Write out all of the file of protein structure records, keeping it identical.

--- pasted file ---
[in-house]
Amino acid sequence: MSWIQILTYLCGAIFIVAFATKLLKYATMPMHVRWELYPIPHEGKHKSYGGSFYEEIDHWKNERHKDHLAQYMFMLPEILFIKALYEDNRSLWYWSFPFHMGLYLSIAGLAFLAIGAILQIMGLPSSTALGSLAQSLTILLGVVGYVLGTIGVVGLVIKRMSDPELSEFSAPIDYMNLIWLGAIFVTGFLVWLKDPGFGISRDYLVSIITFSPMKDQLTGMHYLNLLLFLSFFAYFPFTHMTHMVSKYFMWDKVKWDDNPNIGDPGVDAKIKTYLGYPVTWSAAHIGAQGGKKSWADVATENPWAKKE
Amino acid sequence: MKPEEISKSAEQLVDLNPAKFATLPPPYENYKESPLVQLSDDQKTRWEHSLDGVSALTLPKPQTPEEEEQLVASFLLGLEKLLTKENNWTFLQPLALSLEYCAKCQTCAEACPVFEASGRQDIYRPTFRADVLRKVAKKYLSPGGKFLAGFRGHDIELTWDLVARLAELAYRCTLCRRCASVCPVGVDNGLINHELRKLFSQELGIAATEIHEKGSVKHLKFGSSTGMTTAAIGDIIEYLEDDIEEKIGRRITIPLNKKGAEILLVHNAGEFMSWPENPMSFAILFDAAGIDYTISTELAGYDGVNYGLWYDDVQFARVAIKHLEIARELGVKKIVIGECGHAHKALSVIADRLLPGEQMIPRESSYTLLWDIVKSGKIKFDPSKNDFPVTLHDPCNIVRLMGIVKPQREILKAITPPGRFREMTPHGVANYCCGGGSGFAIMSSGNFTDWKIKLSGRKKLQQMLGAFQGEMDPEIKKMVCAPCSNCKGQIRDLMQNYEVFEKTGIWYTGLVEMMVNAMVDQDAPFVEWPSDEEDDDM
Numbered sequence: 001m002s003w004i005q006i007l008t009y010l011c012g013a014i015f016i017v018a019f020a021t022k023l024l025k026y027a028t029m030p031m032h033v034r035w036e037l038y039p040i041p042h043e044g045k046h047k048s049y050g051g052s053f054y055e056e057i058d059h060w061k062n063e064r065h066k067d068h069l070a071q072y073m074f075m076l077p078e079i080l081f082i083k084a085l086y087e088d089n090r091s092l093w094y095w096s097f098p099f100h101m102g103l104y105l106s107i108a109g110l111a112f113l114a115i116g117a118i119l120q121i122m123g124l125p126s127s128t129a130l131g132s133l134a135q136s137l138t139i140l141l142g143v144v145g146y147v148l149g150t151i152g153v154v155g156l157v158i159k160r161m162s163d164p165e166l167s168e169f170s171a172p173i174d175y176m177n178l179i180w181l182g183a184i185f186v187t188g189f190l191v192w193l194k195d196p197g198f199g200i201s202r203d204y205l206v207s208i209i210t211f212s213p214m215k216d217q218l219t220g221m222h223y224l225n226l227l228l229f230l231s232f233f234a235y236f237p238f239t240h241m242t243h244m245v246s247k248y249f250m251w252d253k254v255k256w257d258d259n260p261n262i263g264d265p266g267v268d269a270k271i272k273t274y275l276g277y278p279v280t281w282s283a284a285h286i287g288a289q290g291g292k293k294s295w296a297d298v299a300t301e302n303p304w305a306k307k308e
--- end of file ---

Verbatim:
[in-house]
Amino acid sequence: MSWIQILTYLCGAIFIVAFATKLLKYATMPMHVRWELYPIPHEGKHKSYGGSFYEEIDHWKNERHKDHLAQYMFMLPEILFIKALYEDNRSLWYWSFPFHMGLYLSIAGLAFLAIGAILQIMGLPSSTALGSLAQSLTILLGVVGYVLGTIGVVGLVIKRMSDPELSEFSAPIDYMNLIWLGAIFVTGFLVWLKDPGFGISRDYLVSIITFSPMKDQLTGMHYLNLLLFLSFFAYFPFTHMTHMVSKYFMWDKVKWDDNPNIGDPGVDAKIKTYLGYPVTWSAAHIGAQGGKKSWADVATENPWAKKE
Amino acid sequence: MKPEEISKSAEQLVDLNPAKFATLPPPYENYKESPLVQLSDDQKTRWEHSLDGVSALTLPKPQTPEEEEQLVASFLLGLEKLLTKENNWTFLQPLALSLEYCAKCQTCAEACPVFEASGRQDIYRPTFRADVLRKVAKKYLSPGGKFLAGFRGHDIELTWDLVARLAELAYRCTLCRRCASVCPVGVDNGLINHELRKLFSQELGIAATEIHEKGSVKHLKFGSSTGMTTAAIGDIIEYLEDDIEEKIGRRITIPLNKKGAEILLVHNAGEFMSWPENPMSFAILFDAAGIDYTISTELAGYDGVNYGLWYDDVQFARVAIKHLEIARELGVKKIVIGECGHAHKALSVIADRLLPGEQMIPRESSYTLLWDIVKSGKIKFDPSKNDFPVTLHDPCNIVRLMGIVKPQREILKAITPPGRFREMTPHGVANYCCGGGSGFAIMSSGNFTDWKIKLSGRKKLQQMLGAFQGEMDPEIKKMVCAPCSNCKGQIRDLMQNYEVFEKTGIWYTGLVEMMVNAMVDQDAPFVEWPSDEEDDDM
Numbered sequence: 001m002s003w004i005q006i007l008t009y010l011c012g013a014i015f016i017v018a019f020a021t022k023l024l025k026y027a028t029m030p031m032h033v034r035w036e037l038y039p040i041p042h043e044g045k046h047k048s049y050g051g052s053f054y055e056e057i058d059h060w061k062n063e064r065h066k067d068h069l070a071q072y073m074f075m076l077p078e079i080l081f082i083k084a085l086y087e088d089n090r091s092l093w094y095w096s097f098p099f100h101m102g103l104y105l106s107i108a109g110l111a112f113l114a115i116g117a118i119l120q121i122m123g124l125p126s127s128t129a130l131g132s133l134a135q136s137l138t139i140l141l142g143v144v145g146y147v148l149g150t151i152g153v154v155g156l157v158i159k160r161m162s163d164p165e166l167s168e169f170s171a172p173i174d175y176m177n178l179i180w181l182g183a184i185f186v187t188g189f190l191v192w193l194k195d196p197g198f199g200i201s202r203d204y205l206v207s208i209i210t211f212s213p214m215k216d217q218l219t220g221m222h223y224l225n226l227l228l229f230l231s232f233f234a235y236f237p238f239t240h241m242t243h244m245v246s247k248y249f250m251w252d253k254v255k256w257d258d259n260p261n262i263g264d265p266g267v268d269a270k271i272k273t274y275l276g277y278p279v280t281w282s283a284a285h286i287g288a289q290g291g292k293k294s295w296a297d298v299a300t301e302n303p304w305a306k307k308e